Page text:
In other words, the single-celled brainless amoebae did not grow living branches between pieces of food in a random manner; rather, they behaved like a team of human engineers, growing the most efficient networks possible. Just as engineers design railways to get people from one city to another as quickly as possible, given the terrain—only laying down the building materials that are needed—the slime molds hit upon the most economical routes from one morsel to another, conserving energy. Andrew Adamatzky of the University of the West of England Bristol and other researchers were so impressed with the protists’ behaviors that they have proposed using slime molds to help plan future roadway construction, either with a living protist or a computer program that adopts its decision-making process. Researchers have also simulated real-world geographic constraints like volcanoes and bodies of water by confronting the slime mold with deterrents that it must circumvent, such as bits of salt or beams of light.

And what about time?

Another set of experiments suggests that slime molds navigate time as well as space, using a rudimentary internal clock to anticipate and prepare for future changes in their environments. Tetsu Saigusa of Hokkaido University and his colleagues—including Nakagaki—placed a polycephalum in a kind of groove in an agar plate stored in a warm and moist environment (slime molds thrive in high humidity). The slime mold crawled along the groove. Every 30 minutes, however, the scientists suddenly dropped the temperature and decreased the humidity, subjecting the polycephalum to unfavorably dry conditions. The slime mold instinctively began to crawl more slowly, saving its energy. After a few trials, Saigusa and his colleagues stopped changing the slime mold’s environment, but every 30 minutes the amoeba’s pace slowed anyway. Eventually it stopped slowing down spontaneously. Slime molds did the same thing at intervals of 60 and 90 minutes, although, on average, only about half of the slime molds tested showed spontaneous slowing in the absence of an environmental change.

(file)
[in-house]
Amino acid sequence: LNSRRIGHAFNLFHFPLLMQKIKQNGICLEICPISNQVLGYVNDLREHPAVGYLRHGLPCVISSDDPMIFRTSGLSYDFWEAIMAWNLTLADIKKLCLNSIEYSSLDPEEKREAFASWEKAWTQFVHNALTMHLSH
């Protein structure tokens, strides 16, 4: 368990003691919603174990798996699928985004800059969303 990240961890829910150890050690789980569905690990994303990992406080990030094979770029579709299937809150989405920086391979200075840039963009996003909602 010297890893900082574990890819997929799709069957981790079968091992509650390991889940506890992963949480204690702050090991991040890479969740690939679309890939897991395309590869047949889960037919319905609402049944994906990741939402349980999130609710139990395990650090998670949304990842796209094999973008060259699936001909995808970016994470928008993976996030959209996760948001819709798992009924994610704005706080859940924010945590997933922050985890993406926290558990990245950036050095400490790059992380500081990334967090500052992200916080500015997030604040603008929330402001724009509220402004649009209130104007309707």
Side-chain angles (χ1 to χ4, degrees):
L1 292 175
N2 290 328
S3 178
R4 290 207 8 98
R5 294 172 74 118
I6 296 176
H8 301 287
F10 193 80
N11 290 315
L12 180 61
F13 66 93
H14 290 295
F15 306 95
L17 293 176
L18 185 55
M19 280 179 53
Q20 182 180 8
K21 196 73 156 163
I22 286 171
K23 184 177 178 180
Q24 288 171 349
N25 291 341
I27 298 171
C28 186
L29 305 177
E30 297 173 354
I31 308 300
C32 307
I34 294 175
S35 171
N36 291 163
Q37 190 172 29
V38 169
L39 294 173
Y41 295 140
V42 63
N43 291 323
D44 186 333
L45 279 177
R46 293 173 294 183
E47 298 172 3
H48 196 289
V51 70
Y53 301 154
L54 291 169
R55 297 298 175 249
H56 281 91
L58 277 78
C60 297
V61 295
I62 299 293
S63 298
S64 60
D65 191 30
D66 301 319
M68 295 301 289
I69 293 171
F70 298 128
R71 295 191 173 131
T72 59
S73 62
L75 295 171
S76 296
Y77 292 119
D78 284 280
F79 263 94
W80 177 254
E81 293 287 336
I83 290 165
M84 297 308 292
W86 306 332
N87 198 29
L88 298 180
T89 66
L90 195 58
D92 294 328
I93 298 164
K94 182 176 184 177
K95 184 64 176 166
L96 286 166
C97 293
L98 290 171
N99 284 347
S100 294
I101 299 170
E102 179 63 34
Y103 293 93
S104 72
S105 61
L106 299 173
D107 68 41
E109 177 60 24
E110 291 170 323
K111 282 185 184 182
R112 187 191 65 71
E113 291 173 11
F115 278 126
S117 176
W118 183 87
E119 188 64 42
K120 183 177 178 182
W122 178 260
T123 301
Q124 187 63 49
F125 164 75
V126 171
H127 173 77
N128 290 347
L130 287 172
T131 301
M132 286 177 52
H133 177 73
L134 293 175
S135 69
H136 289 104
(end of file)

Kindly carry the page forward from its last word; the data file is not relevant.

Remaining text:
…Somehow, the slime mold may be keeping track of its own rhythmic pulsing, creating a kind of simple clock that would allow it to anticipate future events.

While none of these reports say so directly, it does begin to look like slime molds have a mathematical way about them.